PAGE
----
*not her actual name

Auroville Bingo

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Today is one of those days where the journey is as integral as the destination. There is a drive of several hours to Pondicherry, the former French colony further down the East coast. Along the way we stop for chai. The staff are prepping for lunch, shelling huge mounds of prawns and cooking a huge vat of rice over an open fire in the dirt yard.

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Across the road a stack of clay pots is piled up in front of a couple of small huts. The potter comes out and chats with our guide for a few minutes, then beckons and heaves on a heavy stone wheel. He uses a stout wooden pole to get it spinning, then adds clay and in a few minutes has made a series of bowls, jugs and teacups for us to admire.

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His earlier work, some fired and some still drying in the sun, is stacked up to one side, including a stack of open terracotta stoves that remind me a bit of the “hobo stoves” I used to make from Milo tins to cook toast on in the garden as a child. Behind him, under a tree, the potter’s family are observing us, one girl of about twelve playing on a smartphone.

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There is one more scheduled stop before we arrive in Pondicherry – Auroville – and its inclusion has been the source of some controversy within the group. To lighten the mood and pass the time, the more cynical among us begin a game of Auroville Bingo (points are allocated for long matted hair, especially on Western guys, tie-dyed clothes, baggy hippie-pants and ageing hippies generally).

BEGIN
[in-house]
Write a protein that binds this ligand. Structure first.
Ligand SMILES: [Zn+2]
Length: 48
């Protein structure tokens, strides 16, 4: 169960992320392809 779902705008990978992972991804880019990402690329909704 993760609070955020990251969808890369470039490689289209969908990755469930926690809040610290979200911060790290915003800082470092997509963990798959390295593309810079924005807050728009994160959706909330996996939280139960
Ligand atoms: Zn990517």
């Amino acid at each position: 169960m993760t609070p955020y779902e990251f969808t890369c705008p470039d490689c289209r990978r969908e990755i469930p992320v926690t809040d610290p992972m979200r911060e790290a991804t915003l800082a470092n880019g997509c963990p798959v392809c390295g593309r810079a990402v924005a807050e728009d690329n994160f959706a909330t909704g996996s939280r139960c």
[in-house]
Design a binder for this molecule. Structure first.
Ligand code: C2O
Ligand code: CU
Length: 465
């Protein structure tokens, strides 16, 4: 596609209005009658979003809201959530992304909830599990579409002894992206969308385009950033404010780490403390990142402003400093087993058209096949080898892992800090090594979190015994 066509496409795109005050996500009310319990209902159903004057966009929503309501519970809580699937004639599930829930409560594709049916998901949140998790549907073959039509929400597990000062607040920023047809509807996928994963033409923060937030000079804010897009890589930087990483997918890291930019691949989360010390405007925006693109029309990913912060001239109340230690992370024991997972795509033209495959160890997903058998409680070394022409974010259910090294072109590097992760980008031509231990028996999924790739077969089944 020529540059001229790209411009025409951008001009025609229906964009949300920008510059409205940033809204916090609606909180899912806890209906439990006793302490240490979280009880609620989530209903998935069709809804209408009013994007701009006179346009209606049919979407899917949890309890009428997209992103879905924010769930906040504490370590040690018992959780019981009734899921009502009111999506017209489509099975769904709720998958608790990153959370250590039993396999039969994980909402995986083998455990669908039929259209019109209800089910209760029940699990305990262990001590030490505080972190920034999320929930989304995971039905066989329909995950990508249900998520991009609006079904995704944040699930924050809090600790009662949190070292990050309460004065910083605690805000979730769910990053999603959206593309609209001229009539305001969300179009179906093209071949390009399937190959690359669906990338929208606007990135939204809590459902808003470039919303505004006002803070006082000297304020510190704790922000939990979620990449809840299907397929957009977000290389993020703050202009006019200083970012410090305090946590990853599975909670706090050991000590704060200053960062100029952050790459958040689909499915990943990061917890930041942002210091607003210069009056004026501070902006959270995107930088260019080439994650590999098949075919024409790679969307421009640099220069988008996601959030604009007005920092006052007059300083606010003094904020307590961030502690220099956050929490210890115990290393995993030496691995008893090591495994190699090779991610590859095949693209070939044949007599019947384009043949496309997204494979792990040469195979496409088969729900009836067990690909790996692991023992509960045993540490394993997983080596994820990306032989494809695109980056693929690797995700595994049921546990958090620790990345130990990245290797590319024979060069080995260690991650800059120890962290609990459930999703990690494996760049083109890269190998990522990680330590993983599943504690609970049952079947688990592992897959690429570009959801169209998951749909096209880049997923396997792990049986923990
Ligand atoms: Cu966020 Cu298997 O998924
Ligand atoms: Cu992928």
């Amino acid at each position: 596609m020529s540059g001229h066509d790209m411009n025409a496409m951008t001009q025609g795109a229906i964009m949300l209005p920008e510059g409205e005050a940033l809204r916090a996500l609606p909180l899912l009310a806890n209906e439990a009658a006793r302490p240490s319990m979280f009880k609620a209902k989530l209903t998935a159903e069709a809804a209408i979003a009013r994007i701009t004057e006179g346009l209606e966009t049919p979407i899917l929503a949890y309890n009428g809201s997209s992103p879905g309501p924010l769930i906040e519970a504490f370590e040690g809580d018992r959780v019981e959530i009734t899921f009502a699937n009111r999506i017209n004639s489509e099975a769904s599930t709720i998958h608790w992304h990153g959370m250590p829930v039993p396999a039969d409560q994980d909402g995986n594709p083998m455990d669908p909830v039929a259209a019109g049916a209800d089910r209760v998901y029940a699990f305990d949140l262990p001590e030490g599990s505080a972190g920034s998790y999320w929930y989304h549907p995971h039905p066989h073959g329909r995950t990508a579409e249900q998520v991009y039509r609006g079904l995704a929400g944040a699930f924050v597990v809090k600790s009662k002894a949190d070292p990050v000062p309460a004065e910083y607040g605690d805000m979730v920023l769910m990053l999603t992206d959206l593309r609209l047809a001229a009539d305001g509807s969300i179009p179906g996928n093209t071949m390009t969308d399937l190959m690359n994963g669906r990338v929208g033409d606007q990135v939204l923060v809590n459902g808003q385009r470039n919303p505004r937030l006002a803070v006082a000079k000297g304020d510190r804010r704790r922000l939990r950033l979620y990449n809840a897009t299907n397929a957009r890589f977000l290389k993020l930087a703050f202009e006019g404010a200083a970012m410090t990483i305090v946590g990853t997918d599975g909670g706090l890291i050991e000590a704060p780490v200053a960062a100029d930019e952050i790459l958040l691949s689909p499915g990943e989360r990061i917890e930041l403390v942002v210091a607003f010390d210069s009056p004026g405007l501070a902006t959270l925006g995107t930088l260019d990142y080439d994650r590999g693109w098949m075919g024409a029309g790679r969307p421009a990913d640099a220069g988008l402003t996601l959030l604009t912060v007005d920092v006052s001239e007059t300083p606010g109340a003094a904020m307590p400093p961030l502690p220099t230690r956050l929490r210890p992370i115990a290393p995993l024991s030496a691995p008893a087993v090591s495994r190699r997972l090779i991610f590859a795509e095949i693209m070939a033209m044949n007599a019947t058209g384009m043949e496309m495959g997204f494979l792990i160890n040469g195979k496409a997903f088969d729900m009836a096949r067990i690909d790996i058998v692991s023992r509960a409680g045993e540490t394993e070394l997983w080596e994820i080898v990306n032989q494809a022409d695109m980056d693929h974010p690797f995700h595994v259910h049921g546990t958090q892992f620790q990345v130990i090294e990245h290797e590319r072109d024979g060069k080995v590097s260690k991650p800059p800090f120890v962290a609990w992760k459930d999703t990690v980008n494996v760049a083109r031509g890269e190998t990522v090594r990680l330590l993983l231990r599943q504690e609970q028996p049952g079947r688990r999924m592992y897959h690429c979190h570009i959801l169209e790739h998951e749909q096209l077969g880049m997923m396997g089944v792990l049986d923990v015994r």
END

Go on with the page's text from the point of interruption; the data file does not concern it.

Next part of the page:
Auroville is a kind of alternative community, or in fact group of communities, established in the late sixties by a French woman known these days only as “the Mother”. At its heart is a giant sphere, the Matrimandir, which looks like a large metallic golf ball, a version of “futuristic” that was well out of date by the time it was completed in 2008 (after 37 years of construction). The basic founding principles, that the community find more sustainable ways of inhabiting the planet and that it be for all creeds and all nationalities, were almost before its time, but the way that this has manifested feels a bit odd and exclusive – one may view, but not enter, the Matrimandir, though one may certainly spend one’s money at the boutique or in the cafe (which serves delicious salads and pizza, amongst other things), and the short audiovisual presentation has a portentous semi-religious tone which raises my hackles from the start. On the other hand, there is a small but impressive display of renewable energy and sustainability projects in the next room.

There is not a lot of visible information about how the various projects work, or the day-to-day life within the various sub-communities, so there is little to counterbalance the feeling that it’s all a bit elitist – an impression heightened by the poverty immediately outside its gates. In a way I don’t think I was there long enough to form more than a superficial opinion – I can admire the basic principle, but the religious reverence accorded to “the Mother” is a bit creepy and, without more information, for a skeptic like me it’s hard not to dismiss this as an eccentric relic of a bygone era – but that’s the nature of group travel: I’m not on my own timetable, so I can’t take time to meet any of the people who actually live here and find out more. And besides, I’ve just spotted an old stoned white guy on a scooter with baggy tie-dyed purple trousers and dreads. Bingo!